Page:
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Nokia tries a new approach to the enterprise

המאמר דן במאמציה של חברת NOKIA להטמיע פתרונות מתקדמים בתחום המכשירים הסלולאריים החכמים. (המאמר בשפה האנגלית)

Nokia has had a relatively tough time impacting the enterprise device market for its mobile smartphones and applications. While it does have a large share of the overall marketplace for mobile phones, and makes a staggering array of devices from low end to feature rich smart phones, its direct impact on enterprise deployments of smart devices has been limited. Indeed, despite purchasing Intellisync for a significant sum, it has not had any major impact on the enterprise marketplace leader, RIM’s BlackBerry, nor Palm’s Treo. With over 8M subscribers, RIM has by far the largest installed base of enterprise smartphones and users. Nokia is attempting to capture a piece of this market by launching a new generation of enterprise devices into North America (highlighted by the new E61i smart phone device, a redesign of is previous E60 sold mainly in Europe), and more importantly, trying a new deployment strategy.

 Nokia believes the dual mode nature of the E61i device (both cellular and WiFi) will make acceptance of the device more attractive to the enterprise user, and is betting on Fixed-Mobile Convergence (FMC) as a motivation to adopt this device. It has been working on voice over IP (VoIP) technology for some time and has a substantial capability in this space. Further, Nokia has forged alliances with Avaya and Cisco, who are major players in the enterprise FMC/VoIP market, to make the Nokia technology compatible with their installed base of PBXes and VoIP solutions. We believe that FMC is an important capability that many enterprises will deploy in the next 3 years. However, we believe most companies are deploying slowly and carefully, and as such FMC will not have a major positive market impact on E61i volumes in the short term. Moreover, Nokia has severely handicapped itself from selling more devices in the North American market. The E61i is only available in a GSM version, and given the approximately 50% market share of CDMA (e.g., Verizon, Sprint), it will not be able to sell this device into half the enterprise market.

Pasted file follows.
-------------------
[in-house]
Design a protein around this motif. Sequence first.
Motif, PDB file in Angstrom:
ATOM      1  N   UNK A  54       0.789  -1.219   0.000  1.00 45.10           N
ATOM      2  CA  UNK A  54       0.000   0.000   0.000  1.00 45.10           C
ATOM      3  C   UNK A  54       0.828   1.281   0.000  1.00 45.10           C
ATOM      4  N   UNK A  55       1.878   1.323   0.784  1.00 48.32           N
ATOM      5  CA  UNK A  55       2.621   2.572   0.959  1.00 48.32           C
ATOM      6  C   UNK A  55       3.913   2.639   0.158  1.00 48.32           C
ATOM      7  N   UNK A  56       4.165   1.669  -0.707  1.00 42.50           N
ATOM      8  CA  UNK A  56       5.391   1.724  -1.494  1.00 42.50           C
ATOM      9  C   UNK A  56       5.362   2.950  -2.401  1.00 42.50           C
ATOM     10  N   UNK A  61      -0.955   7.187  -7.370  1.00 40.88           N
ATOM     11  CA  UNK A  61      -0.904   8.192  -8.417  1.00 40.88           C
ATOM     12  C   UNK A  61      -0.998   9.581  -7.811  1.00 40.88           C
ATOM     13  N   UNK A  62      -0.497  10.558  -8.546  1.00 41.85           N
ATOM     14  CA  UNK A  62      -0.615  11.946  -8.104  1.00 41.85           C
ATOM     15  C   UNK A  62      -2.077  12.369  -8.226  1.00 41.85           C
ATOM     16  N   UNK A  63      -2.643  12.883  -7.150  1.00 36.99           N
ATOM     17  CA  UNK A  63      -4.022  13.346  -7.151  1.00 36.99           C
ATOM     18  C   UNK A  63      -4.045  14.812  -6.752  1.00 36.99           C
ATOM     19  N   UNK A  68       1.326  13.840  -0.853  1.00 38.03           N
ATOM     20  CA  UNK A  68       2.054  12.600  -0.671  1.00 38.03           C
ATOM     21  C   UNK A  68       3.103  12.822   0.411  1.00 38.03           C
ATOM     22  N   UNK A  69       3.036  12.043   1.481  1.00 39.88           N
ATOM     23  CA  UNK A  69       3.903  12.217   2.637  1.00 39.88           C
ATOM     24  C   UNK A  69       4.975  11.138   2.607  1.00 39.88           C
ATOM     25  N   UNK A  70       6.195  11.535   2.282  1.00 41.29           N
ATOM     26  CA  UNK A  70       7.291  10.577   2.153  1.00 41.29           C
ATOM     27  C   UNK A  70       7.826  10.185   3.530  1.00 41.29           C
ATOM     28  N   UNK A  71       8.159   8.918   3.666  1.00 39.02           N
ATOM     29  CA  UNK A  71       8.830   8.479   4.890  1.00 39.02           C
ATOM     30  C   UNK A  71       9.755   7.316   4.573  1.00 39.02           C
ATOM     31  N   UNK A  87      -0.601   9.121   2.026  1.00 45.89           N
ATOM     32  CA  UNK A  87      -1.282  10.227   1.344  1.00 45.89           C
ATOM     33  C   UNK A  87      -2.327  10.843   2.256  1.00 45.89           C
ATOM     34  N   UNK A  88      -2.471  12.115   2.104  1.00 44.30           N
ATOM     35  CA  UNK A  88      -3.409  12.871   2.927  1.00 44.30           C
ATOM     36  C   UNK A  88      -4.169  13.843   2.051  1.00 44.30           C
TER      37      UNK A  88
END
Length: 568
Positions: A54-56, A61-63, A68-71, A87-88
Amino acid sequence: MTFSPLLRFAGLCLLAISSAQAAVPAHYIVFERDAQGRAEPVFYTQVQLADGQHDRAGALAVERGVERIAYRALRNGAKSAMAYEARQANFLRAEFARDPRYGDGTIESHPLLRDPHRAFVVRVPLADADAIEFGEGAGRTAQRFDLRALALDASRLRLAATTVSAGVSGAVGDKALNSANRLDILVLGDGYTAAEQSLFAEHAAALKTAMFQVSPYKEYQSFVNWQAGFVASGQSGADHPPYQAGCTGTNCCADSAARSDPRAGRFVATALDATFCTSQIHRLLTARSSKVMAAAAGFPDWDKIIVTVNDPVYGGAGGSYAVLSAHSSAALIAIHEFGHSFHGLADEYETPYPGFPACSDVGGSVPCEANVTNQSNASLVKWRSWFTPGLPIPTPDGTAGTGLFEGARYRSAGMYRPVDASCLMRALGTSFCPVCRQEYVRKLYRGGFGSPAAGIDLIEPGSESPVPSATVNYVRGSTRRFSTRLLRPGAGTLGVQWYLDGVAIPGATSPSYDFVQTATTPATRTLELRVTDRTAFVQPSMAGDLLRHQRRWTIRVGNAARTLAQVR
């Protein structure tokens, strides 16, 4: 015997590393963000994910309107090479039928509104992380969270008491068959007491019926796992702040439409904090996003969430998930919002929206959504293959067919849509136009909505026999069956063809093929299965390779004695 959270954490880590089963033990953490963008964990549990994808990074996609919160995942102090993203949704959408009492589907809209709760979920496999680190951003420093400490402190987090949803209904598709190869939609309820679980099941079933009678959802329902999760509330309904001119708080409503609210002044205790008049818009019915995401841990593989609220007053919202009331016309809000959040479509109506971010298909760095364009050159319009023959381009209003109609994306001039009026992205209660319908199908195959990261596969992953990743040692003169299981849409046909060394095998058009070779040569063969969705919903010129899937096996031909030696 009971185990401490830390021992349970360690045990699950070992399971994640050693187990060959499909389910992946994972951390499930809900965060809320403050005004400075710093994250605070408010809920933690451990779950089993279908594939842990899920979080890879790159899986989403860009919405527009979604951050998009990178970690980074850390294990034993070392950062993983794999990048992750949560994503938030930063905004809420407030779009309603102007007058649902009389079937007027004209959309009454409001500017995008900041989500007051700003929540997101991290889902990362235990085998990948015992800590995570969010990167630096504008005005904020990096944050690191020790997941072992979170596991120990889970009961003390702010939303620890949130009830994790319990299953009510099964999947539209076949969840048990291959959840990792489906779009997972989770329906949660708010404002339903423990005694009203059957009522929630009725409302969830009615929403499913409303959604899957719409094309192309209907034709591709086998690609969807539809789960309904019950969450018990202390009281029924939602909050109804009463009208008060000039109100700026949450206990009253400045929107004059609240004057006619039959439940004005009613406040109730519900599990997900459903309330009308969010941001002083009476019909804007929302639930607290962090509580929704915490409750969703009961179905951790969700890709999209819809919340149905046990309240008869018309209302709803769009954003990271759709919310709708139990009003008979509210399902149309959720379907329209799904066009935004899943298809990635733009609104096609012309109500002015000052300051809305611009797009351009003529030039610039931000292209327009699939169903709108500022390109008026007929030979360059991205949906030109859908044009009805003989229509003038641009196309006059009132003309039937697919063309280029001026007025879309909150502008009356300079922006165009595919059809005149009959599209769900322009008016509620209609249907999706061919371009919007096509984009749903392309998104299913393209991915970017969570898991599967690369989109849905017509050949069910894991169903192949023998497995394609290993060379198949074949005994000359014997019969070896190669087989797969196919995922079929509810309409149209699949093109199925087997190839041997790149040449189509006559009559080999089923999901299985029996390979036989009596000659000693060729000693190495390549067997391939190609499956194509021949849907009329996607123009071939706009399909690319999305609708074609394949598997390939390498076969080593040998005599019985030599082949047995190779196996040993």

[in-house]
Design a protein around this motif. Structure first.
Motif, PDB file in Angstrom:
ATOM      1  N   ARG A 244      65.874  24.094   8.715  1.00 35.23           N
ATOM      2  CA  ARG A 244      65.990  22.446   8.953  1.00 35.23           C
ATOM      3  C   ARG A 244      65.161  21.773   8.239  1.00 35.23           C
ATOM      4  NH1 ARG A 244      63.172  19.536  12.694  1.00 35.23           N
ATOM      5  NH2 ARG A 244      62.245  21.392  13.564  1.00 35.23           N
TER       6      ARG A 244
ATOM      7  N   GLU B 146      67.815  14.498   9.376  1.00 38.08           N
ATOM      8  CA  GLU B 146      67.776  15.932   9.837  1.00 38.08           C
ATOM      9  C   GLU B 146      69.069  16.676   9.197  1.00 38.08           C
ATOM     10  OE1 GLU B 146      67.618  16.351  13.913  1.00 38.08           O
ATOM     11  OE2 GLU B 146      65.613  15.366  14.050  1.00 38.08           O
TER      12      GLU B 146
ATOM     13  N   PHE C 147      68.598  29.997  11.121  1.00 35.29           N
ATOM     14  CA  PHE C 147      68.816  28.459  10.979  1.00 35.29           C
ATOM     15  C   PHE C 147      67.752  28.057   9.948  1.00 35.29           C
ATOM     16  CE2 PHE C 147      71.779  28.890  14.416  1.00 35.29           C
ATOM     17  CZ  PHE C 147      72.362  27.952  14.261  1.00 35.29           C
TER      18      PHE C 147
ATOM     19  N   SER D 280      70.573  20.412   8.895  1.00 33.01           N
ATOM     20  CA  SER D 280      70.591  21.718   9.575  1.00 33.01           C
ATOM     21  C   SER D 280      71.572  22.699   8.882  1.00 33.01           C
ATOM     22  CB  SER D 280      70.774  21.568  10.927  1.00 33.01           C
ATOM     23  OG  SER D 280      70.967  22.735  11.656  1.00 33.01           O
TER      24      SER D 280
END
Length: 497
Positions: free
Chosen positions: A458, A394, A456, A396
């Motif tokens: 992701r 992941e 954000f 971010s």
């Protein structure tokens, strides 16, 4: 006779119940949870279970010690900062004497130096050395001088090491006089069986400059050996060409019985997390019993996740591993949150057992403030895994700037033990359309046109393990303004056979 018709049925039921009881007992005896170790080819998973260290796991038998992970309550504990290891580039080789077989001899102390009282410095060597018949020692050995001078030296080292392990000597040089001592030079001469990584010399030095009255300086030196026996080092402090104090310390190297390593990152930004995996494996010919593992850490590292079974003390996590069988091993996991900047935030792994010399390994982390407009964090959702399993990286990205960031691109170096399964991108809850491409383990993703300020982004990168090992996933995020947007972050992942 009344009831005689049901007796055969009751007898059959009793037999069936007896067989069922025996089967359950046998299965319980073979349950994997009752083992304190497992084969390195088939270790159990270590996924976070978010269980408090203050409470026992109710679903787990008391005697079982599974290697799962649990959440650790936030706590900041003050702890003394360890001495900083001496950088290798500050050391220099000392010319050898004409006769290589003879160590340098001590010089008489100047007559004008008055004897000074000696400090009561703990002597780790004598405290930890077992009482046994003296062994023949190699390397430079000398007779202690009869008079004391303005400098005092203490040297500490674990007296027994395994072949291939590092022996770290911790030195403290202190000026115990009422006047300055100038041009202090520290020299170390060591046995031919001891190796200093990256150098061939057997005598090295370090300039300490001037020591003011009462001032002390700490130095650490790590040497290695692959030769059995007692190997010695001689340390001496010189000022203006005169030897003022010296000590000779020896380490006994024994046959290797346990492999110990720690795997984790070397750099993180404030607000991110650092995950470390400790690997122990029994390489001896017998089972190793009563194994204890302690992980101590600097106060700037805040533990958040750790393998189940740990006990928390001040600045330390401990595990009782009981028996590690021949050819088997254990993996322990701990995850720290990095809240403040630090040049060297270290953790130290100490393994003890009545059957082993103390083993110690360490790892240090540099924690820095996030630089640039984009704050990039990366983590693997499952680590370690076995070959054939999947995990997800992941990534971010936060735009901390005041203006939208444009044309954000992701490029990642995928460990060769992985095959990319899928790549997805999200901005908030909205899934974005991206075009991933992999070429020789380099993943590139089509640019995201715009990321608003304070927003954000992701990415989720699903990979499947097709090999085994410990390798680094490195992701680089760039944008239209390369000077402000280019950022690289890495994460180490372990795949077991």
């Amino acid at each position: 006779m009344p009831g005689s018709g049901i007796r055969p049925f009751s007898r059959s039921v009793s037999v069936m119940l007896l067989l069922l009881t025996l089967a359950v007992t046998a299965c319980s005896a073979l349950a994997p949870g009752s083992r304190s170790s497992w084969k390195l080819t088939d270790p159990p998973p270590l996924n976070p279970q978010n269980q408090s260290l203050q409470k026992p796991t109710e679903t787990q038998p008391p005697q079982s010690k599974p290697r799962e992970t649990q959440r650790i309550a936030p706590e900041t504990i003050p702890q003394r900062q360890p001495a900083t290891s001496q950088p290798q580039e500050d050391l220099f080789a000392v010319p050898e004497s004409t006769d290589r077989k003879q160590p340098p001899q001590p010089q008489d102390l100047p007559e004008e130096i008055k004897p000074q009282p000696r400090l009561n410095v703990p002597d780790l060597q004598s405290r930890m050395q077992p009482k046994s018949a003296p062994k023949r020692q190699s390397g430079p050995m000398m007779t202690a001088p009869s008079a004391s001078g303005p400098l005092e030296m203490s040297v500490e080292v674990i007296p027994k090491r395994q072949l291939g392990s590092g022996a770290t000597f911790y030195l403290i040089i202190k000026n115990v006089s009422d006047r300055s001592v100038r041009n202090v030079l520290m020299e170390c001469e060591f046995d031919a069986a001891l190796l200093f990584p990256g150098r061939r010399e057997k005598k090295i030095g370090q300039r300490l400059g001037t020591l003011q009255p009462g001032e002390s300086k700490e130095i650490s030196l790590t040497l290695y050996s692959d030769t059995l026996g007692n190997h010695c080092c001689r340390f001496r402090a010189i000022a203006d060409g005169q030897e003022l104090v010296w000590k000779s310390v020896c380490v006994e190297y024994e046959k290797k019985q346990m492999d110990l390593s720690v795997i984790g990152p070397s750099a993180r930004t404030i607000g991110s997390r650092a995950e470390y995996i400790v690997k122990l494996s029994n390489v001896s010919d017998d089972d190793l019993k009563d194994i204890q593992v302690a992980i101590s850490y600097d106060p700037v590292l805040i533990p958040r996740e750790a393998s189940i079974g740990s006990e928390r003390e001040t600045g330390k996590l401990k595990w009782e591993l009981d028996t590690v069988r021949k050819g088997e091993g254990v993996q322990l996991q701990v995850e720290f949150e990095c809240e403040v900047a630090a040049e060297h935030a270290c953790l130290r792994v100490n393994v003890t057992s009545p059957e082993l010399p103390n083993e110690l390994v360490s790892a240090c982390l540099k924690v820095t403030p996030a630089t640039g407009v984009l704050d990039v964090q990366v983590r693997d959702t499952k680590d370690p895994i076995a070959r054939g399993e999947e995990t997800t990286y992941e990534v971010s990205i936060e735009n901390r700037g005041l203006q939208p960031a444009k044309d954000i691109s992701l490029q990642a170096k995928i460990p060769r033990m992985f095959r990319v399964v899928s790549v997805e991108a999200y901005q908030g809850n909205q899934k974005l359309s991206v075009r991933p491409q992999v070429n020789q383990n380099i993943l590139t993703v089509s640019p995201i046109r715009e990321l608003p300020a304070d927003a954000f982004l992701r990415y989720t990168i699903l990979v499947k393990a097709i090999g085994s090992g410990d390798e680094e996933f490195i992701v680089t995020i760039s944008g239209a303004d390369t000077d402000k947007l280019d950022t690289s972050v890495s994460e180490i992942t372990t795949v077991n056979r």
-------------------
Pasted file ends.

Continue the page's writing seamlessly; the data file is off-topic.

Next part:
As a major component of its new enterprise strategy for the E61i, Nokia has decided on direct distribution of the devices, instead of the traditional method of exclusive distribution through carriers. To make this strategy successful, Nokia is betting on two things. First, carriers can not effectively sell enterprise solutions and high end devices, many of which are being driven as part of a solutions sale by others (SIs, app vendors, etc.). Second, enterprises are willing to forgo the carrier phone subsidies if they can pick their own devices and make them transportable across carriers. We believe both of these points reflect realities in the market. Carriers have been underwhelming in being able to sell enterprise wireless apps, with too much focus on minutes and data plans, and little focus on solutions selling. And many companies are growing increasingly annoyed with carriers who supply phones that can not be used on another carrier’s network. Further many companies believe that the phone subsidies used by carriers to lower initial phone costs and lock a user into a long term plan or face stiff penalties are not attractive. They believe, rightly, that they can probably negotiate the equivalent of the carrier subsidy in reduced monthly charges anyway, without the exposure to penalties or the locked devices.

Bottom Line: While we applaud Nokia for trying to change the game with its new enterprise device deployment and distribution strategy, we think it will take time to make any change in the habits of buying enterprises. They will gain some additional solutions sales through distribution and SIs. However, by handicapping itself (e.g., no CDMA version), it will face a tough time as it has eliminated half its potential market. Nokia will likely not see a dramatic uptake in its North American enterprise sales in the short term from these strategies, as many enterprises may find them not very compelling.

כותב המאמר- Jack Gold

jack.gold@jgoldassociates.com

 

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